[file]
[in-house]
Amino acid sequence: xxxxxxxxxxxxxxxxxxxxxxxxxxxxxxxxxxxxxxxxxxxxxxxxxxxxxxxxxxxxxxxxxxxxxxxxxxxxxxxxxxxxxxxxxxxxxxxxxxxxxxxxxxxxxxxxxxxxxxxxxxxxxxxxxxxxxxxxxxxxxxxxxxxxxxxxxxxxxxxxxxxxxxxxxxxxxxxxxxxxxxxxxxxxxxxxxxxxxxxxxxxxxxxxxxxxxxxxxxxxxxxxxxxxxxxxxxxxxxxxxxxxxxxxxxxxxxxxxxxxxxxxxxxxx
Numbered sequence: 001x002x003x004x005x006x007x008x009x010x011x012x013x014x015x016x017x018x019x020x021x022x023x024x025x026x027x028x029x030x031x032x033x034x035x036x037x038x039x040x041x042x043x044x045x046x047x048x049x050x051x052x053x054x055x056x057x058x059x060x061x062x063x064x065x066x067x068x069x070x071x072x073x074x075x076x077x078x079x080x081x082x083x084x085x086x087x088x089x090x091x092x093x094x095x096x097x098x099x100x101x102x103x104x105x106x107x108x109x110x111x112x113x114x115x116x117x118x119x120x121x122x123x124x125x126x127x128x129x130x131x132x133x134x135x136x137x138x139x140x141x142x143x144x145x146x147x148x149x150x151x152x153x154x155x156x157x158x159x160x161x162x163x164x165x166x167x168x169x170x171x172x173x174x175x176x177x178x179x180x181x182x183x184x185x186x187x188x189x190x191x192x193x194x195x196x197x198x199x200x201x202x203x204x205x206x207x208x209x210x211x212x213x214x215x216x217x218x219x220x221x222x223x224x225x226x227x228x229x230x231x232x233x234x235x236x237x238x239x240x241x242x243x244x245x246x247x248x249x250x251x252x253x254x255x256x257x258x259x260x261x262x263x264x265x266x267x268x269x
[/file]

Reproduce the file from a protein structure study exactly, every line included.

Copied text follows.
[in-house]
Amino acid sequence: xxxxxxxxxxxxxxxxxxxxxxxxxxxxxxxxxxxxxxxxxxxxxxxxxxxxxxxxxxxxxxxxxxxxxxxxxxxxxxxxxxxxxxxxxxxxxxxxxxxxxxxxxxxxxxxxxxxxxxxxxxxxxxxxxxxxxxxxxxxxxxxxxxxxxxxxxxxxxxxxxxxxxxxxxxxxxxxxxxxxxxxxxxxxxxxxxxxxxxxxxxxxxxxxxxxxxxxxxxxxxxxxxxxxxxxxxxxxxxxxxxxxxxxxxxxxxxxxxxxxxxxxxxxxx
Numbered sequence: 001x002x003x004x005x006x007x008x009x010x011x012x013x014x015x016x017x018x019x020x021x022x023x024x025x026x027x028x029x030x031x032x033x034x035x036x037x038x039x040x041x042x043x044x045x046x047x048x049x050x051x052x053x054x055x056x057x058x059x060x061x062x063x064x065x066x067x068x069x070x071x072x073x074x075x076x077x078x079x080x081x082x083x084x085x086x087x088x089x090x091x092x093x094x095x096x097x098x099x100x101x102x103x104x105x106x107x108x109x110x111x112x113x114x115x116x117x118x119x120x121x122x123x124x125x126x127x128x129x130x131x132x133x134x135x136x137x138x139x140x141x142x143x144x145x146x147x148x149x150x151x152x153x154x155x156x157x158x159x160x161x162x163x164x165x166x167x168x169x170x171x172x173x174x175x176x177x178x179x180x181x182x183x184x185x186x187x188x189x190x191x192x193x194x195x196x197x198x199x200x201x202x203x204x205x206x207x208x209x210x211x212x213x214x215x216x217x218x219x220x221x222x223x224x225x226x227x228x229x230x231x232x233x234x235x236x237x238x239x240x241x242x243x244x245x246x247x248x249x250x251x252x253x254x255x256x257x258x259x260x261x262x263x264x265x266x267x268x269x